So NHSE should be heartened from those that have participated so far, that the direction of travel they describe will secure quality primary care. But the next year is crucial – the same PCNs have been wise in where they are focusing their efforts, getting member practices on board, collaborating on complex needs, securing a workforce to meet needs. Disrupting the formation of these collaborative networks will mean these PCNs will not achieve their purpose (that and unsophisticated metrics for monitoring see below on averages). And this was the push back on the Draft DES – PCNs need space to understand the problems they face and build the relationships to collaborate.

Step one is to get a clear purpose and determine your focus for the coming year. Then direct your development money at achieving that. Assuming yours will be along the lines of those above here are some updates:

Meeting Complex Needs – Acuity

I’ve talked before about ‘know your list’ – if you know the patterns of people using your services (and other services e.g.A&E) you can start to be proactive in meeting needs. This means you have to differentiate your list. In the blogs on Frequent Attenders here and here we identified that people who turn up frequently are not all the same sort of people. We share how you might differentiate the ‘type’ of FA. Our proposition is that in all practices there are varying degrees of ‘acuity’. Here is an example of the range of complexity for the whole system and how to differentiate within a practice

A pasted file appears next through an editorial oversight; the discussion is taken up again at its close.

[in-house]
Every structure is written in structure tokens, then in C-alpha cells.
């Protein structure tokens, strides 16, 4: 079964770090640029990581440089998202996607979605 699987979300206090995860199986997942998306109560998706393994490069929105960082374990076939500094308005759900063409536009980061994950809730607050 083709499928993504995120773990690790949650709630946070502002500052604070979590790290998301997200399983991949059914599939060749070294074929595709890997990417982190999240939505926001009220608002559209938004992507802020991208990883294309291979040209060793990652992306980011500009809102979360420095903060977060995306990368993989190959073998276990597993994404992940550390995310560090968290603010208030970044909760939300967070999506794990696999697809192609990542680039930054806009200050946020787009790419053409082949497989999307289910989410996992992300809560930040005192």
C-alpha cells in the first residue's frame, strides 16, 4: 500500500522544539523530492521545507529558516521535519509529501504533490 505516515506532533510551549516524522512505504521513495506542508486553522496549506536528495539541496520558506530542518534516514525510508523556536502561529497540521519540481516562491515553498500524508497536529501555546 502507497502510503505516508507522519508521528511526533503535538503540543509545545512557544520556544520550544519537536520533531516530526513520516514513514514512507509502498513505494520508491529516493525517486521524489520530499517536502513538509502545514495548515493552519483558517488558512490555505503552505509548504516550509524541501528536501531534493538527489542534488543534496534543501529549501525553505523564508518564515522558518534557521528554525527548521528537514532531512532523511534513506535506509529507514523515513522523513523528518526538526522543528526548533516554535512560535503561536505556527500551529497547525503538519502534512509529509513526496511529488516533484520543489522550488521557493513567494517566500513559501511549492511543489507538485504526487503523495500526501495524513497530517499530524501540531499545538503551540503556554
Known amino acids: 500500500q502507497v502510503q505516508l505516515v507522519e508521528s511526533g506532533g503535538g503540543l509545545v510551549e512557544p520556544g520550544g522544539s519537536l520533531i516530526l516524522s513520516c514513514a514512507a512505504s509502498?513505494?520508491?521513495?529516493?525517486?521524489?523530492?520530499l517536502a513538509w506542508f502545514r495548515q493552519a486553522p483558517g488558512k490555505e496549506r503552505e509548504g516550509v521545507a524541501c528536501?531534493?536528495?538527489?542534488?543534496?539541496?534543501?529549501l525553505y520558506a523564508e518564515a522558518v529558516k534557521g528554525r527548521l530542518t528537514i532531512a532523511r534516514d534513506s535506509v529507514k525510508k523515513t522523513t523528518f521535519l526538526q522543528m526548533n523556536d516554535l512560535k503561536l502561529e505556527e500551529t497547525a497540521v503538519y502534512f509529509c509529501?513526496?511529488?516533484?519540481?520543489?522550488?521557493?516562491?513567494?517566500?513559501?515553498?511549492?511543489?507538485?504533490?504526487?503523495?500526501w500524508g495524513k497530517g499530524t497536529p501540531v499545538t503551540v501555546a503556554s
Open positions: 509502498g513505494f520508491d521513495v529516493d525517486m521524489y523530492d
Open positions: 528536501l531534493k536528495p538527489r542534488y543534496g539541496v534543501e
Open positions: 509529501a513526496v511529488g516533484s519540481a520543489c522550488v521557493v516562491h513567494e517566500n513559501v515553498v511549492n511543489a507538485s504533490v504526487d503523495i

One Surgery devised a project to improve how they triage, care for, and provide continuity to patients who attend their surgery the most (>30 attendances in last year), using an Emis code within our Care Plan template to trigger a “Patient Access Contract”. Over a 12 week period for 25 people with the Access Contract, the data shows a reduction in all appointments of 43% (67 less appointments for 25 patients), a reduction in the number of clinicians involved by 45%, and a reduction in OOH contacts by 56%, suggesting that improved continuity can reduce demand on appointments and improve care. This is the first iteration of their innovation in reducing the number of people who attend frequently. They are going on to explore even better ways of identifying and proactively securing continuity.

The only health warning on this is the regression to the mean –  we know that a % of people who attend frequently do just stop attending frequently in the subsequent year, so this is a great start and its good to look even deeper for the patterns over time.

Care Homes

There was a fair degree of uproar at the care home requirement in the draft spec. However the direction of travel was supported. You can find an overview of ‘what works in care homes’ here and I’ve popped a googledrive with evidence summaries here (if you have more do send and I’ll add). It triggered the sharing of multiple examples of dedicated teams of nurses, ward rounds, paramedic hot lines, GP alignment, and concerns that the DES would disband the best practice that has emerged.